TT: How do you approach writing Walser’s biography?

SB: It was really interesting to have to figure out how to put this book together because, as a first-time biographer, I was thinking: it’s a biography, so I will just do everything chronologically. I soon realized that that didn’t work at all. The book is basically chronologically structured, but I was new to biography writing and so didn’t really understand the extent to which you have to think in narrative arcs to tell the story of someone’s life. 

I come from a fiction writing background, where everything is about narrative arcs. But at first, I didn’t approach the biography this way, and as a result had to throw away drafts of several chapters and start again from scratch. I had to learn how to preserve a sense of storytelling while presenting lots of factual information.

It was fun to go searching for all the information about Walser. It also felt like I was snooping in the life of this actually very private person. It’s an interesting game with showing and hiding because in his work, Walser self-exposes all the time. He also constantly creates narrative personas who seem like him but not quite him. It can be tricky to separate the personas from the historical Walser.

I was happy that there was some documentary evidence about episodes he fictionalized in his work, making it possible to compare the historical record with his own retellings. It was fun to see how Walser himself was mythologizing his own life.

TT: Walser is a big walker and you also had to walk to research Walser’s life. Did walking inform your writing process?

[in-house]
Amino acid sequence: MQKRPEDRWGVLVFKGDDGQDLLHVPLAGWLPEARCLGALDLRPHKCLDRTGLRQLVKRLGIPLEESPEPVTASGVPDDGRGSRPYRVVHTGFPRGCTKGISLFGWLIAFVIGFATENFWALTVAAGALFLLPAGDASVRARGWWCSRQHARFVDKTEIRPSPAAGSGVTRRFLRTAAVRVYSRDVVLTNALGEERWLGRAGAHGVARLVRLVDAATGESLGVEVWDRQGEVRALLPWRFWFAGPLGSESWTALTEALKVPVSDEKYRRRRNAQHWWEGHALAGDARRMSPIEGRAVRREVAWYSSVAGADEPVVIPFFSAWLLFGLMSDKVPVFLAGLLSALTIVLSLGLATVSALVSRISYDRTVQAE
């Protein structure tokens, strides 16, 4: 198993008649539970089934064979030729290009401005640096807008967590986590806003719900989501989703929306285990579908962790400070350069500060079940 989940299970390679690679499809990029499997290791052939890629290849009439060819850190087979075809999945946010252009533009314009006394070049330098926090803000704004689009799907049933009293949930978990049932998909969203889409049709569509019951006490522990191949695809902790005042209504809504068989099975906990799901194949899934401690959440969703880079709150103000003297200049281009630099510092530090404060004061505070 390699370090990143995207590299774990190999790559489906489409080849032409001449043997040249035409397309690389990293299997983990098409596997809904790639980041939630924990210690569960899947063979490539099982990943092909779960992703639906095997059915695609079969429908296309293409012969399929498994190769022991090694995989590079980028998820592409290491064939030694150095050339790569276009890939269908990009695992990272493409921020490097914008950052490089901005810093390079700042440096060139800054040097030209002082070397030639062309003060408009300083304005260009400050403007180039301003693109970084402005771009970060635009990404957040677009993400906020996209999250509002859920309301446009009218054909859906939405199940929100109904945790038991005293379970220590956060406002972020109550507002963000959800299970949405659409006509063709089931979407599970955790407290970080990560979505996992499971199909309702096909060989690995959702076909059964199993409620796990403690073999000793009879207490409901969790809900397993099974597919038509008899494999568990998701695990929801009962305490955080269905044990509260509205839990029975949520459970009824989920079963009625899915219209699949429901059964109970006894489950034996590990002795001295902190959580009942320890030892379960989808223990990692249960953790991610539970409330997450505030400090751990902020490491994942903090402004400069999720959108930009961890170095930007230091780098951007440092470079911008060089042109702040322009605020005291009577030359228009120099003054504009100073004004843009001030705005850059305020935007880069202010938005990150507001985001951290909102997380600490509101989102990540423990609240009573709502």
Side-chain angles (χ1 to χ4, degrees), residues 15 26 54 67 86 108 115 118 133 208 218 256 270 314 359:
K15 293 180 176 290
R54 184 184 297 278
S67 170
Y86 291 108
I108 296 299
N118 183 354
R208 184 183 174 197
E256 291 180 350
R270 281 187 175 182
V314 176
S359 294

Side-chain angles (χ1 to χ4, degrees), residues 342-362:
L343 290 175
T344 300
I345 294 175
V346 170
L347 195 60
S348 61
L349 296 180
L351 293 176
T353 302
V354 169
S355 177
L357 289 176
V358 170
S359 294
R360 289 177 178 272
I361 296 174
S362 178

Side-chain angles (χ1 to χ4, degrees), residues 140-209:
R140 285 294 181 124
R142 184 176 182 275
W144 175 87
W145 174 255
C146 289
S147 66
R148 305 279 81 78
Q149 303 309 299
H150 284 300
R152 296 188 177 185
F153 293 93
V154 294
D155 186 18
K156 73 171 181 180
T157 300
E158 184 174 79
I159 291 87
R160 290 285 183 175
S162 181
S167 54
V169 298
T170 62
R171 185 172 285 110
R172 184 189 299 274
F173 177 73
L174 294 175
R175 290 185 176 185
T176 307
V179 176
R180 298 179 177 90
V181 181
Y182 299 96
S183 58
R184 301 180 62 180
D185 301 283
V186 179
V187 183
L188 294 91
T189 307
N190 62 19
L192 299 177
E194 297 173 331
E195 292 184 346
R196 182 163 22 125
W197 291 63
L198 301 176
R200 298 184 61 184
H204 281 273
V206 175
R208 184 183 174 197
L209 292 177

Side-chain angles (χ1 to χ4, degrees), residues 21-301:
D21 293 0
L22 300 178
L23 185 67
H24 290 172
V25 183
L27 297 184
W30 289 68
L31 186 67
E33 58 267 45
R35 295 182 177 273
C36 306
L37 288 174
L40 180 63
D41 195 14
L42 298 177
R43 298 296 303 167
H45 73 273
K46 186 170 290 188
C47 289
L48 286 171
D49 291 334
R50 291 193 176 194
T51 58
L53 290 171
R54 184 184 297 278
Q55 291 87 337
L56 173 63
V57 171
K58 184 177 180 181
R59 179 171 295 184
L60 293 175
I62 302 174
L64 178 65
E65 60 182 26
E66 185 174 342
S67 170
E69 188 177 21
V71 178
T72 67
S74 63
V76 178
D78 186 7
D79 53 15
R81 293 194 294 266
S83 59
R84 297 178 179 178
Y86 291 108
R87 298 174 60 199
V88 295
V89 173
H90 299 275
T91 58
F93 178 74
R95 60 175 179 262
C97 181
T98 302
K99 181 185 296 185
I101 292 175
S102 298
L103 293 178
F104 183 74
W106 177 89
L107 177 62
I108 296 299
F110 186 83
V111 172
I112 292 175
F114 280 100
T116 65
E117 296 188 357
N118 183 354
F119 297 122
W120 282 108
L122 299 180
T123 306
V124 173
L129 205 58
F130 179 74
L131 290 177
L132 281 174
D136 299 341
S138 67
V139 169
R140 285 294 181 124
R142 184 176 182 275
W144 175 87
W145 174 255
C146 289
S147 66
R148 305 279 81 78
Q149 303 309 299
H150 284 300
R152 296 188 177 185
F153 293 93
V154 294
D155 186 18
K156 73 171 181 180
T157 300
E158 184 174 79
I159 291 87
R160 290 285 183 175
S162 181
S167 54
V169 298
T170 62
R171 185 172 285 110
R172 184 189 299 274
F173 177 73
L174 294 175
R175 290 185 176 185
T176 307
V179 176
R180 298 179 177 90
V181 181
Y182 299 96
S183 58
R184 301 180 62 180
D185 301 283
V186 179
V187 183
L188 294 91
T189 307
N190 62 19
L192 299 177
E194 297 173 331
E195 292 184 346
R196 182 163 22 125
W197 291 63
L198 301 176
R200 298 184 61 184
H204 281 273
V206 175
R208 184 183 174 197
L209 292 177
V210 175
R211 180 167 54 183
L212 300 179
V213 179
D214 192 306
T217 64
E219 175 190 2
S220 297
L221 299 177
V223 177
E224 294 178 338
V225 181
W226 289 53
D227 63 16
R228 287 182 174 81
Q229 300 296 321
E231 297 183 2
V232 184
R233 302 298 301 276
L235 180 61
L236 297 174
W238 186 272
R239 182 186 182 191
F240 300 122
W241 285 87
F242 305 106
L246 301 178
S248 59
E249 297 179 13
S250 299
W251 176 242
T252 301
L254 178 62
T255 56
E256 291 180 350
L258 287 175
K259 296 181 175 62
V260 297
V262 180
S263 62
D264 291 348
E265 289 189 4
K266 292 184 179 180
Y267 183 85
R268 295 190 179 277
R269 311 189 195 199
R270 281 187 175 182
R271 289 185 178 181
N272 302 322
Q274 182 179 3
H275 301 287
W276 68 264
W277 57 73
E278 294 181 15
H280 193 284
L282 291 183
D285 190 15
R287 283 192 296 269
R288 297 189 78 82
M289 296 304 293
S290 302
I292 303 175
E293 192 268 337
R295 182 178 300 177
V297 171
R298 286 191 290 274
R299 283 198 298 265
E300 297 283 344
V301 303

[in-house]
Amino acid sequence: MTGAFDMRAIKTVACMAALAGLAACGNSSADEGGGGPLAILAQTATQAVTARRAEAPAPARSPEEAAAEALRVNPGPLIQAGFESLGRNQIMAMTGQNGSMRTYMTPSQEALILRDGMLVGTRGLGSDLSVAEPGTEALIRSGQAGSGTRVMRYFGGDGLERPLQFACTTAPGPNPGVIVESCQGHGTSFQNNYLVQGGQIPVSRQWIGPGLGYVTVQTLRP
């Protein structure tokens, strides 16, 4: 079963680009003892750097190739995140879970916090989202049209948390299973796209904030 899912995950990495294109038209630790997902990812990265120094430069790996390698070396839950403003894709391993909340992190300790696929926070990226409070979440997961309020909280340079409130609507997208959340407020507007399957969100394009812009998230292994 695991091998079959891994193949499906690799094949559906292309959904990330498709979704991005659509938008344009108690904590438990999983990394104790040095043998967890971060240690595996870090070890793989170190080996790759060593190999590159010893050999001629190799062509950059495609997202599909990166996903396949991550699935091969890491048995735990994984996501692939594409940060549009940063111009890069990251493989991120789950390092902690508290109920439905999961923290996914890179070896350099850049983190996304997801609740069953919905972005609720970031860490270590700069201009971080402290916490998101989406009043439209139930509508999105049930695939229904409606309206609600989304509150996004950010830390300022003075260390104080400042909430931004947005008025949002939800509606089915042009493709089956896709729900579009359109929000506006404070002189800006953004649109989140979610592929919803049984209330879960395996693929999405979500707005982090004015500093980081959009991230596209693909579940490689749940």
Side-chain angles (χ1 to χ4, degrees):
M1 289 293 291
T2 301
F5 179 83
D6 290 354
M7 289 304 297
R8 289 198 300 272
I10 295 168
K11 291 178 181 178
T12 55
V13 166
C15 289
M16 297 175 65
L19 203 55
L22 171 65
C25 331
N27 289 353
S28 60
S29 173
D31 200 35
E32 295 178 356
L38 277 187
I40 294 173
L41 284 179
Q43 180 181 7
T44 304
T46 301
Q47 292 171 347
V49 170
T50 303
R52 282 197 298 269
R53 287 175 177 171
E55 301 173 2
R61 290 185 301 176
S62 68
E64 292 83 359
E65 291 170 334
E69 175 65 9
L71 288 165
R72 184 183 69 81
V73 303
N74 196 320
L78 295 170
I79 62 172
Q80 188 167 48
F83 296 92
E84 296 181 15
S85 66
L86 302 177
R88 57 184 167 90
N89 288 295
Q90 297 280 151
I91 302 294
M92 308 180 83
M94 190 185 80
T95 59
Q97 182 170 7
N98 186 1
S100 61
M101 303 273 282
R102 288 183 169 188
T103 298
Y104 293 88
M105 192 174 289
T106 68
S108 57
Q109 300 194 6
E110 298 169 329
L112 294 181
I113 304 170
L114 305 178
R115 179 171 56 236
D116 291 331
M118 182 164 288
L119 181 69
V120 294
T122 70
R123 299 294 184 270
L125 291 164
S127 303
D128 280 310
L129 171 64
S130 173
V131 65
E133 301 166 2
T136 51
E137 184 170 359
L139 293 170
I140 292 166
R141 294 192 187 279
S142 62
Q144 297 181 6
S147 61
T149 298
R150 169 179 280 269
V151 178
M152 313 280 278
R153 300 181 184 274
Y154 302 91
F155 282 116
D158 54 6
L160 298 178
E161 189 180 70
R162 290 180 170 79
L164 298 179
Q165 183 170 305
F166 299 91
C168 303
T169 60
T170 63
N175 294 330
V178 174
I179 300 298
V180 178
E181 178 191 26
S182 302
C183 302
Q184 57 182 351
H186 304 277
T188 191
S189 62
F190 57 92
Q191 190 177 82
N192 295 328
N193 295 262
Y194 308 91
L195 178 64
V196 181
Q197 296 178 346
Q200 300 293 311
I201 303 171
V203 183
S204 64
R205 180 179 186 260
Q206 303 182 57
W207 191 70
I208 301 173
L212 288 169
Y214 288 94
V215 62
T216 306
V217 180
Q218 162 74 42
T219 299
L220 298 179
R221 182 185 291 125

SB: Walking is my preferred form of exercise, and it also felt informative to take some long walks that Walser himself had taken. I found it inspiring to see what he saw—taking historical changes into account, of course.

In Walser’s first published story, “Lake Greifen,” the speaker walks from Zurich through the mountains and the countryside to this little lake (which is not that small, just small compared with Lake Zurich). Taking this walk, you experience suspense for these long periods when you’re uncertain if you’re heading the right way and you can’t see anything because you’re in the middle of a fir forest. I felt that the suspense inherent in the walking process fed his own discovery of narrative, his own personal way of telling stories. Walser’s first stories were walk stories. To me, walking and writing are interconnected. 

TT: You compare the “flaneur” mode of walking—slowly soaking things—and compare it to Walserian mode of fast-paced walking. How is this reflected in Walser’s writing? 

SB: This notion of speed is important in Walser’s work because, walking fast, you see things differently than when you are walking slowly. The blurred perception in moving quickly through space is closely connected with the way Walser constructs sentences. It’s what makes his sentences explosive: traveling far in terms of images, topics and grammar within a single sentence. I think of that as a product of speed: he was someone  who probably wrote pretty fast too without letting too much cognition happen.

Walser stands in contrast to Walter Benjamin or Franz Hessel, both great flaneur writers in German, who wrote walk pieces. Benjamin is somebody who thinks for half an hour about each word. That is not Walser.